- If you feel you have to let pussy out occasionally, do it in the middle of the day. Birds—especially young ones learning to fly—are at their most active about an hour after dawn and about one hour before dusk … when lower light means birds can’t see their predator as clearly.
- Feed your cat well. Even a well-nourished cat will probably still hunt (cats hunt at least as much out of instinct as out of a need for food), but a full belly will calm some cats down and slow their movements.
- Tie it to a cord when you let it out … and not an overly long one. That way, Puss can enjoy the outdoors without being able to reach any birds.
- Put a bell around its neck. Or several bells. Attach it or them to an elastic or quick-release cat collar (one that detaches rapidly if ever the collar becomes stuck). This has been shown to reduce cat predation by about 40%, although some very talented cats learn to hunt without ringing the bell. It’s best to put the bell on when it goes out and to remove it when it comes back in to reduce any habituation.
- Outfit Puss with a bird-warning cat collar, like an Elizabethan collar, but much more colorful. You’ll find them in pet shops or you can order them on-line from the manufacturer Birdsbesafe. The bright colors of the collar make the cat more visible during the day and there is even reflective tape on the margin so it will be effective on a moonlit night too. It’s apparently very efficient, reducing predation by 49% to 87% according to different studies.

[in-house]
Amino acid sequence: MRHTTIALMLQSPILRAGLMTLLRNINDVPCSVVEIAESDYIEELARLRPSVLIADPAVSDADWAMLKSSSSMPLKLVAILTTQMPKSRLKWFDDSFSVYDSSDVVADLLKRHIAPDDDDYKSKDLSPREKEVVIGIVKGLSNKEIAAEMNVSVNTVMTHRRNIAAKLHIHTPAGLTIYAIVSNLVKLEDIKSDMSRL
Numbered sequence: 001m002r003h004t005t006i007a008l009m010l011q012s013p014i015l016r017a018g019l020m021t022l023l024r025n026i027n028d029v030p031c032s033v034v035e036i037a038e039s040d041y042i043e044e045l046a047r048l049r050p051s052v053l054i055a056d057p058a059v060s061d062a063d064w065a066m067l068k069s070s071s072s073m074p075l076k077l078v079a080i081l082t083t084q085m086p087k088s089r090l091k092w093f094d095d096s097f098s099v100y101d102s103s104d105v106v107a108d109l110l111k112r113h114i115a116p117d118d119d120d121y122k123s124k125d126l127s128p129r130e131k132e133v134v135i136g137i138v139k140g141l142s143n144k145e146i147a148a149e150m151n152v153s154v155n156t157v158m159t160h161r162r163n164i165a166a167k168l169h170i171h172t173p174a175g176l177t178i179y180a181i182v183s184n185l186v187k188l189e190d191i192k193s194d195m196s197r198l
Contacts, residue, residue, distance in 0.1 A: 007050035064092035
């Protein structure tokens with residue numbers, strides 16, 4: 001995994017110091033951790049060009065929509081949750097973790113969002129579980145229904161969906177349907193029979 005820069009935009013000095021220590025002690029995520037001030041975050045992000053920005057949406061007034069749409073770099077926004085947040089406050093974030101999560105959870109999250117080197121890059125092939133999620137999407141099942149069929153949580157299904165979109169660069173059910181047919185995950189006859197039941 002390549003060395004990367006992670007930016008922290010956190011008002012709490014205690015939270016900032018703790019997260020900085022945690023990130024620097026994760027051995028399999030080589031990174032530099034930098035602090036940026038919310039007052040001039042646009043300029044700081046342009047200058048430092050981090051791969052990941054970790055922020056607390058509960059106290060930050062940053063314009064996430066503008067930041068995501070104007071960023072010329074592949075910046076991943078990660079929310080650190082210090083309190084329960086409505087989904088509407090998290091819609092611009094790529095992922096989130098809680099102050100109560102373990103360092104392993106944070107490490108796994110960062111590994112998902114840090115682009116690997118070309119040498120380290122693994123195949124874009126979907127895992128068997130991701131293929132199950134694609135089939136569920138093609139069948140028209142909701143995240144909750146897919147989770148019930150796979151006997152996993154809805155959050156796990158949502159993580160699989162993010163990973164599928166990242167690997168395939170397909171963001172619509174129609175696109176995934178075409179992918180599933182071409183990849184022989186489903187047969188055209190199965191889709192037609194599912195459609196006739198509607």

- Install a CatBib. It’s made of lightweight neoprene and you attach it to your cat’s collar. It serves as a barrier between Puss and its prey, blocking and deflecting its paw when it tries to strike, thus giving the bird time to get away. Also, it’s brightly colored and bears reflective markings, making the cat’s approach more visible to birds. The manufacturer claims it reduces predation by 81%.
A certain percentage of felines nevertheless manage to hunt successfully even with a bib around their neck. If so, there is a larger model, said to be 98% effective.
It may take a while for your cat to get used to wearing such a bib, but most do so in less than 24 hours.
Curiously, wearing a bib also seems to reduce fighting between cats.
- When you install a bird feeder, put it on a support at least 8 feet (2.5 m) above the ground, as that’s higher than most cats can jump. Also, install a seed catcher under the feeder to trap seeds that would otherwise land on the ground: birds feeding on the ground are in extreme danger of Sudden Cat Death Syndrome (SCuDS).
- Have Pussy neutered. Animal shelters are full of kittens nobody wants and stray cats are legion. Be aware that, while a house cat allowed outdoors tends to kill about 5 and 10 birds a year, stray cats catch between 30 and 50 each year: a total massacre. Do you really want to play a part in supplying more future stray cats to this ecological disaster?
- Finally, if possible, contribute financially to local animal shelters so that they can continue to help control the stray animal population.
That’s a lot to think of before letting your cat out … but if you want to invite birds into your yard next summer, it will certainly be worthwhile put some of them into practice.